Letter to Losers

Depending on your political persuasion, you will either be glad or sad when the results of today’s presidential election are made known. Those whose candidate wins will be amenable to the idea of submitting to the authority of the government he establishes. Most others will submit, but they may have trouble following the guidelines established for Christians by the apostle Paul.

In a letter to Titus, who was working among believers on the island of Crete, a place notorious for its unruly inhabitants, Paul wrote that Christians should not only submit to ruling authorities but also be peaceable, considerate, and to do good without slandering anyone. Based on what we know about the immorality in ancient Crete, there were good reasons to say bad things about people living and ruling there, but Paul warned Christians not to do it.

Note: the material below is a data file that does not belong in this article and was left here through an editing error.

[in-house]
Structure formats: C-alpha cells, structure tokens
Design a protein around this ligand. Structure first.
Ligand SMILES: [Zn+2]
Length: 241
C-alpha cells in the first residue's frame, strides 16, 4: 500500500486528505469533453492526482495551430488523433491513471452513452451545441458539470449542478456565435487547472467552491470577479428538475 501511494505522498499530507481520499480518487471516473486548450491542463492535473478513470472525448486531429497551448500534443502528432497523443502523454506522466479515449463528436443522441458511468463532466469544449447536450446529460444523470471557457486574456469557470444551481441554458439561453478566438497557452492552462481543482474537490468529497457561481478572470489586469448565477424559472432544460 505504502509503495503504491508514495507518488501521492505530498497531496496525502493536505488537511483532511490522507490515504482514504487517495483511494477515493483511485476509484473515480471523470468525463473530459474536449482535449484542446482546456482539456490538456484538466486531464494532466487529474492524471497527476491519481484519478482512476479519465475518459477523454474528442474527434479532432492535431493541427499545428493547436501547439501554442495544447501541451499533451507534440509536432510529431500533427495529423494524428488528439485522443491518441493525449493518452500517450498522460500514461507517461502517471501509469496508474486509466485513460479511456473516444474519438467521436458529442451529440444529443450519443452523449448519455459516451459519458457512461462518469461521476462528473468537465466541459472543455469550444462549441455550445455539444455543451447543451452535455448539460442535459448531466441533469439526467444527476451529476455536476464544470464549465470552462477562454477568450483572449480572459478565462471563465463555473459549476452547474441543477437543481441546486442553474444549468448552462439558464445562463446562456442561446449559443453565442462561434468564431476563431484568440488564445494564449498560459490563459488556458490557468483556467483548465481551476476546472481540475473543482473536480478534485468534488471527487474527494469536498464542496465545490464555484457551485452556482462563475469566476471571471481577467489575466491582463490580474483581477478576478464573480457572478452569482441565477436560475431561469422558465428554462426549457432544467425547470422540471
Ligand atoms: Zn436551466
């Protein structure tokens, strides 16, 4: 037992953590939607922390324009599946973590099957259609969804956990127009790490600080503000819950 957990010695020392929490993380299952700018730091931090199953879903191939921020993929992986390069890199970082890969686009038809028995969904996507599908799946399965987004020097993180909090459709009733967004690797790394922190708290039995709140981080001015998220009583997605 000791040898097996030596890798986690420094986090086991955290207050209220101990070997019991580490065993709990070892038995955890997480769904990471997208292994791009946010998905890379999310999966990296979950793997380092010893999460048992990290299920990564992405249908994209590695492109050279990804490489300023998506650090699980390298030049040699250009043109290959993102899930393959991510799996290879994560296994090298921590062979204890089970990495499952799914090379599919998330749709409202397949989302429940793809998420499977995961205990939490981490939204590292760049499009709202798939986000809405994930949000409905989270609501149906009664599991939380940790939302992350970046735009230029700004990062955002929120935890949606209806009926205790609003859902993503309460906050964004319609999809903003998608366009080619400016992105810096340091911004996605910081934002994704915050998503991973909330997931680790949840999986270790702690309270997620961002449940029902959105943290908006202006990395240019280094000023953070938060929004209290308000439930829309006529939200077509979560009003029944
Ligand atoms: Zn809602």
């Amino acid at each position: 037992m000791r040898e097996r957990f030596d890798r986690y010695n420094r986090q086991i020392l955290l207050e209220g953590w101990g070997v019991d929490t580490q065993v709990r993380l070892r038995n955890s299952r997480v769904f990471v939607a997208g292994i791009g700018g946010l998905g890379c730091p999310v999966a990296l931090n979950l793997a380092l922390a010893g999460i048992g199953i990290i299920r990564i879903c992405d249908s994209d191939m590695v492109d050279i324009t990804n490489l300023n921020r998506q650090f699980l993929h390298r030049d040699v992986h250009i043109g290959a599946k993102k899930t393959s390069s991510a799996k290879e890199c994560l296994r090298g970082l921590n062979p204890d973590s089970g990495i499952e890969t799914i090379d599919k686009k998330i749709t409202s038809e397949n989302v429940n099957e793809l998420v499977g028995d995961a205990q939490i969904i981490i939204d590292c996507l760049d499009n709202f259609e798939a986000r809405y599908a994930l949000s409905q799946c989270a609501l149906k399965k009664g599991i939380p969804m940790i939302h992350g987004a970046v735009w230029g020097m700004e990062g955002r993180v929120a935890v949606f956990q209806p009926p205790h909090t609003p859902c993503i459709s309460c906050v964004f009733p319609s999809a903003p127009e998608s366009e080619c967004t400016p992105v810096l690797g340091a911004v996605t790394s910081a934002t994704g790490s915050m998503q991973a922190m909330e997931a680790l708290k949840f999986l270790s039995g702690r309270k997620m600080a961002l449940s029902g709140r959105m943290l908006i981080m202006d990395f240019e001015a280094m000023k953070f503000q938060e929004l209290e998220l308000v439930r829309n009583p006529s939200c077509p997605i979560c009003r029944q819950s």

In fact, seven times in the short letter, Paul mentioned the importance of doing good instead (loving what is good, 1:8; teaching what is good, 2:3; doing what is good, 2:7, 14, 3:1, 8, 14).

Paul’s letter is a timely reminder that Christians are to do what is good for people whether or not we approve of their values or agree with their policies. It may not be easy, but it’s the right thing to do.


Christians are a constructive force in society when we refuse to be destructive in our speech and behavior.